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What do you think? Reydon to have say on controversial Easton Bavents erosion homes project

PUBLISHED: 10:06 28 September 2012 | UPDATED: 10:39 28 September 2012

Save The Smere posters have been placed around Reydon. The posters are protesting against the proposals of new homes being developed on 'The Smere'  Picture: Nick Butcher

Save The Smere posters have been placed around Reydon. The posters are protesting against the proposals of new homes being developed on 'The Smere' Picture: Nick Butcher

© Archant 2012

Campaigners have emerged victorious in a battle to have their say on a scheme to build new houses in Reydon for homeowners threatened by coastal erosion.

Waveney Pathfinder board chair, David RitchieWaveney Pathfinder board chair, David Ritchie

Yesterday (Thursday September 27), board members behind The Waveney Pathfinder initiative promised to “directly engage” with villagers from Reydon before they press ahead with plans to build nine new homes for people from erosion-threatened Easton Bavents.

A series of workshops will now be held between local people and representatives from the Waveney Pathfinder board to reach an agreement over where a development could be established.

But Waveney Pathfinder have not ruled out the possibility of building at Rissemere Lane East – despite being met with vociferous opposition.

A spokesman for Save the Smere, a campaign group launched to protect Reydon from the scheme, said they welcomed the consultation extension, but will remain sceptical until they have seen the details.

Smere Corner resident, Ian Johnson is trying to stop the development of new homes being built in an area of outstanding beauty.Smere Corner resident, Ian Johnson is trying to stop the development of new homes being built in an area of outstanding beauty.

Meanwhile, the chairman of the Waveney Pathfinder board, David Ritchie, said the board had listened to concerns and was committed to “earning the trust” of people in Reydon. He said: “We have listened and we recognise the very clear strength of feeling within the Reydon community and, although these were initial ideas, it is clear that a collaborative approach, directly engaging with residents is the best way to achieve practical solutions and earn trust.

“The board is determined to work with everyone to clarify any misunderstandings that may have arisen and to seek valued input from a wider range of people before agreeing a way forward that is acceptable to the wider community.

“With this in mind, the next step is for the board to set up workshops, with a range of local people invited to debate and discuss various issues to date and establish the criteria for a successful and mutually agreeable outcome.”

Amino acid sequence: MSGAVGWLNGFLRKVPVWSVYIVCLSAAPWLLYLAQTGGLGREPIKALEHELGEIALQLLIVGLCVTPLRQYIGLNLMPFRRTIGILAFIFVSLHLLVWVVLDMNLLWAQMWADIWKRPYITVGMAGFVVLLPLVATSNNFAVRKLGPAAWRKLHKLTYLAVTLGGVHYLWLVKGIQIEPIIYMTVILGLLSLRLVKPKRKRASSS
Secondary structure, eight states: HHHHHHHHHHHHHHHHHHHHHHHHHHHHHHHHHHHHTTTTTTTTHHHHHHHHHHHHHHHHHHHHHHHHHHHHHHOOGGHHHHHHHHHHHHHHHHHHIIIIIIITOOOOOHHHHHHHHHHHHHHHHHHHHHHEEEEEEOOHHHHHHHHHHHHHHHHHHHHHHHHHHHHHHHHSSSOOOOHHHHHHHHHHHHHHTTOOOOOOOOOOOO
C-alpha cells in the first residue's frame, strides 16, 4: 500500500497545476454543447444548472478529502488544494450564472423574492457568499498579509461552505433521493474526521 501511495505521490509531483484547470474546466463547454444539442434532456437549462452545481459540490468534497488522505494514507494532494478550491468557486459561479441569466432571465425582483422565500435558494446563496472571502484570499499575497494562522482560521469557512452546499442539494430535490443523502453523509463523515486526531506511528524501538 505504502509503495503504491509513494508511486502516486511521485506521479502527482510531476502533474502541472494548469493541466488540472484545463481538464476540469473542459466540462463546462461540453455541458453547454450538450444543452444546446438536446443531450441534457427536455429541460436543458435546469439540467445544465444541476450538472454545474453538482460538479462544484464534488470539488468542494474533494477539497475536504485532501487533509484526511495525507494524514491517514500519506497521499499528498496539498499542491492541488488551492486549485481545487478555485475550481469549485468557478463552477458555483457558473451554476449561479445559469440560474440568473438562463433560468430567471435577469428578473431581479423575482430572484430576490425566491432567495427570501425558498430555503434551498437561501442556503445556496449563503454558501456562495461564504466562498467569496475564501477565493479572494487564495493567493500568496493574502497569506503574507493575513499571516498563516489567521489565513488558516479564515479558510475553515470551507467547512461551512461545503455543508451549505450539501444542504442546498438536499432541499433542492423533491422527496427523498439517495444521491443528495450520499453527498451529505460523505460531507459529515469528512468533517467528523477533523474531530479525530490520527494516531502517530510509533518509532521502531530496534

The Waveney Pathfinder project sets down a land rights transfer policy that allows people in Easton Bavents to relocate to safe sites inland and build similar properties under the same planning permission.

The outline permission originally applied for by Waveney Pathfinder in Reydon would establish that the land can be developed, but further planning consent would be needed before properties could be built.

Six possible sites were identified in Reydon by planning consultants Pellings, including land at Wangford Road, land at the western end of Easton Lane, land north for Smear Farm and two plots near Lowestoft Road. But the land at Rissemere Lane East was preferred by people in Easton Bavents and deemed affordable by Pathfinder.

People in Reydon were angry at not being consulted when planning advisers identified possible sites for development in the village.

Meanwhile, fears were also raised about the potential encroachment of the development onto Reydon Smere – an area of outstanding natural beauty which adjoins the Benacre National Nature Reserve – and that property speculators might use the government-funded scheme to make a profit.

A spokesman for the Save the Smere campaign said: “While we welcome this extension and apparent opening up of the consultation we await details regarding the nature of the workshops, their range, their inclusivity and their power before removing our scepticism entirely. “Indeed, we also welcome the fact they have at last recognised the inadequacy of their earlier ‘consultation’, which barely deserved that label.

“If they are now willing to openly engage with all the affected communities – with fresh ideas and fresh thinking from all participants included – then that is, indeed, a welcome eventuality.”

●A date for the workshops has yet to be agreed, but the first is likely to take place in the next six to eight weeks.

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